In history and politics, it's not an Anschluss, it is the "Anschluss".
Literally, the word means connection or the making of a connection. It was used by the Nazis as a euphemism to describe the merger of Austria into Germany (not as a merger of equals, but as a "homecoming" of sorts).
Usage of this word in the context of history and politics is exclusive for this one incident, which is why I put a definite article instead of an indefinite one. It is also advisable to put the term in quotation marks, as I did, to show that you are using Nazi terminology and distance yourself from it.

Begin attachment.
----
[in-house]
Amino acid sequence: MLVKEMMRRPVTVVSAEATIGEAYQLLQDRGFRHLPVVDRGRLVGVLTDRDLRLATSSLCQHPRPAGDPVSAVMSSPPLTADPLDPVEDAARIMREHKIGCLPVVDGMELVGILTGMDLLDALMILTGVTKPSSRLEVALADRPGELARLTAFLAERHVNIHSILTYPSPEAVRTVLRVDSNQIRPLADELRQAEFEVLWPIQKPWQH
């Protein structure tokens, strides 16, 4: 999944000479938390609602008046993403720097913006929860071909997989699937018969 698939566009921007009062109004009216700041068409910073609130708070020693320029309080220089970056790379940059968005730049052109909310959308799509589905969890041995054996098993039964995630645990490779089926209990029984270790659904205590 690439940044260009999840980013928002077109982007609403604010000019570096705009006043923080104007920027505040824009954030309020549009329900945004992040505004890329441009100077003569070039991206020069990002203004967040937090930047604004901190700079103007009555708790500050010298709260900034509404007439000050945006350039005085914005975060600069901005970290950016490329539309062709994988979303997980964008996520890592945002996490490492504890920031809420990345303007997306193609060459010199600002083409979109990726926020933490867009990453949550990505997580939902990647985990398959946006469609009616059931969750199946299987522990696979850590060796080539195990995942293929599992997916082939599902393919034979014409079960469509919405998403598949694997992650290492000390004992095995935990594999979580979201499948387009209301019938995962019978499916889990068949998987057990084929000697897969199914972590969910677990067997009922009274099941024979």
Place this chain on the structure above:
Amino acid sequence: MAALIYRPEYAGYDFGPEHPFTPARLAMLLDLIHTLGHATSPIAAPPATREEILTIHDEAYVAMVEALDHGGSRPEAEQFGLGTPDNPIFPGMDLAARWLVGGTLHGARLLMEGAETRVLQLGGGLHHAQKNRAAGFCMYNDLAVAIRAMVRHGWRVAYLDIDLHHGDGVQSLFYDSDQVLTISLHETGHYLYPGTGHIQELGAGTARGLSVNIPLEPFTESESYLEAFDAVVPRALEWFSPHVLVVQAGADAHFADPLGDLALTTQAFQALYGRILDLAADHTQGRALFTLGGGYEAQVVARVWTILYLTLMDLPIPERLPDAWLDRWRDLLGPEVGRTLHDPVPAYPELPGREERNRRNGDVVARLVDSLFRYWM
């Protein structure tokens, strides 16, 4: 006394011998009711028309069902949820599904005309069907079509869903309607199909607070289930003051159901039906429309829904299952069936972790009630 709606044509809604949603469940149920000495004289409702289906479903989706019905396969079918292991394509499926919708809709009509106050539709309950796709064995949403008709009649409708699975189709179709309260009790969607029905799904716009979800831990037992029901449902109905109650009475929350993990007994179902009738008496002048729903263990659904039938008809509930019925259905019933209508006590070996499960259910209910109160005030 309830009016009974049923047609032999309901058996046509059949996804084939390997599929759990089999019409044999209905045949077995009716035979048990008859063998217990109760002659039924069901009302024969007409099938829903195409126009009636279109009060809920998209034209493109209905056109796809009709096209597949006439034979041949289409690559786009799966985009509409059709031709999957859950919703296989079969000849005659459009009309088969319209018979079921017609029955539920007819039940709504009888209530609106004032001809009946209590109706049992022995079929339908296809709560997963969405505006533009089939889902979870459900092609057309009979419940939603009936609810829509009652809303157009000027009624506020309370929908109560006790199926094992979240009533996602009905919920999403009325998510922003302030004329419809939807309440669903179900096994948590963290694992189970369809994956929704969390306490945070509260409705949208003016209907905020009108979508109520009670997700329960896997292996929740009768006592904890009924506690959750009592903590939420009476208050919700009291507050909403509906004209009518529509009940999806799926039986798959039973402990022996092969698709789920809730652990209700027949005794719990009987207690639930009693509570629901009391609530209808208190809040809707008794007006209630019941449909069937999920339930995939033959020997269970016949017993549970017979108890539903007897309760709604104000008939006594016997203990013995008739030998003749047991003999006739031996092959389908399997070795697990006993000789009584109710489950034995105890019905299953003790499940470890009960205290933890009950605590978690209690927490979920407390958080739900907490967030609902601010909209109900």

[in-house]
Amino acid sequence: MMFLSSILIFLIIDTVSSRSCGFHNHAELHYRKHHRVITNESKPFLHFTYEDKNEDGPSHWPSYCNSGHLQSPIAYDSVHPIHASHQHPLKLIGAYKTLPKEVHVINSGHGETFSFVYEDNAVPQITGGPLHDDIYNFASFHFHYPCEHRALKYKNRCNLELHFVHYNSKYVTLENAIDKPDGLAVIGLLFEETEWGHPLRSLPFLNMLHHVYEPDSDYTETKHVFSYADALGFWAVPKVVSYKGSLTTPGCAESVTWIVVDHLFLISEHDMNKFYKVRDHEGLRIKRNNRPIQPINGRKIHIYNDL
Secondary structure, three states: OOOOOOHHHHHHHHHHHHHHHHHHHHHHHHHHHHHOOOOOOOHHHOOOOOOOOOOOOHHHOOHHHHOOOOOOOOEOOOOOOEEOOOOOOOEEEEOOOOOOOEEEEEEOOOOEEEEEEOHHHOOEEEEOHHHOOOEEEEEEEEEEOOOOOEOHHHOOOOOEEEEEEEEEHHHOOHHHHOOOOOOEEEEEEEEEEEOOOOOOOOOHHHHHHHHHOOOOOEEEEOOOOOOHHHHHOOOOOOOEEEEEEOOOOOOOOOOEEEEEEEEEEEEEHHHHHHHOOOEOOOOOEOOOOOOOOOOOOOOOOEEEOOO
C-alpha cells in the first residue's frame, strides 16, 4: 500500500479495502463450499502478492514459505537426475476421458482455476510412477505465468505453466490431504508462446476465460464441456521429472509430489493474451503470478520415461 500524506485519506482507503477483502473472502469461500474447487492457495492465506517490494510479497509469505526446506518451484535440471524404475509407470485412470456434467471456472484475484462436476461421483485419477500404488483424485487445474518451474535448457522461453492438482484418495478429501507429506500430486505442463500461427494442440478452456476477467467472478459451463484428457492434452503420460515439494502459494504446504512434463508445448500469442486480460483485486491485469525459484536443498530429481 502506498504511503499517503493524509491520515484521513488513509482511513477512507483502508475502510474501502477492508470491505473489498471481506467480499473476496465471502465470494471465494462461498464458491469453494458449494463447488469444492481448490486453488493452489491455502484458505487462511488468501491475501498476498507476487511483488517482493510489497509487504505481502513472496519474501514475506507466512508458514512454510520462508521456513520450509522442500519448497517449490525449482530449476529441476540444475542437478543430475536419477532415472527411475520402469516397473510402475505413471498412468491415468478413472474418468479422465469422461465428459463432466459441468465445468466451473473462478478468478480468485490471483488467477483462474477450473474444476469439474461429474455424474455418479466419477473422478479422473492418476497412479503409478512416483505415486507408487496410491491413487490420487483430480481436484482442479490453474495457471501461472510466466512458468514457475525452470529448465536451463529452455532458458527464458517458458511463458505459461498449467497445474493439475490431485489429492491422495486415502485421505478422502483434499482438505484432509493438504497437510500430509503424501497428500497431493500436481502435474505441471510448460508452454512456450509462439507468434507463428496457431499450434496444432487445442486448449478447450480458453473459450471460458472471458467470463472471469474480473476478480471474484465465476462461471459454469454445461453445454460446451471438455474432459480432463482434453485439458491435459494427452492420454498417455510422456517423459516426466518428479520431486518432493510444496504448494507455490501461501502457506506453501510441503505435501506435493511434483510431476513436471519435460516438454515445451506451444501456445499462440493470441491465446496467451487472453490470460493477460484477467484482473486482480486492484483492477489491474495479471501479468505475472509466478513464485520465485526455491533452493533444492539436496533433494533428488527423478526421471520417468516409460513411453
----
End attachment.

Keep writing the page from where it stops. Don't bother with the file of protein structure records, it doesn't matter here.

In all other contexts, the word has no negative connotation and is used often in its literal sense.
Of course, the word can be used to suggest a parallel to the "Anschluss" of Austria in 1938 even in other contexts, but that would be poor taste and the jibe might also go unnoticed. For instance, calling the wedding of two people an "Anschluss" would suggest that one party would give up sovereignty and submit to the whims of the other - not a nice thing to say, and not a nice way to say it.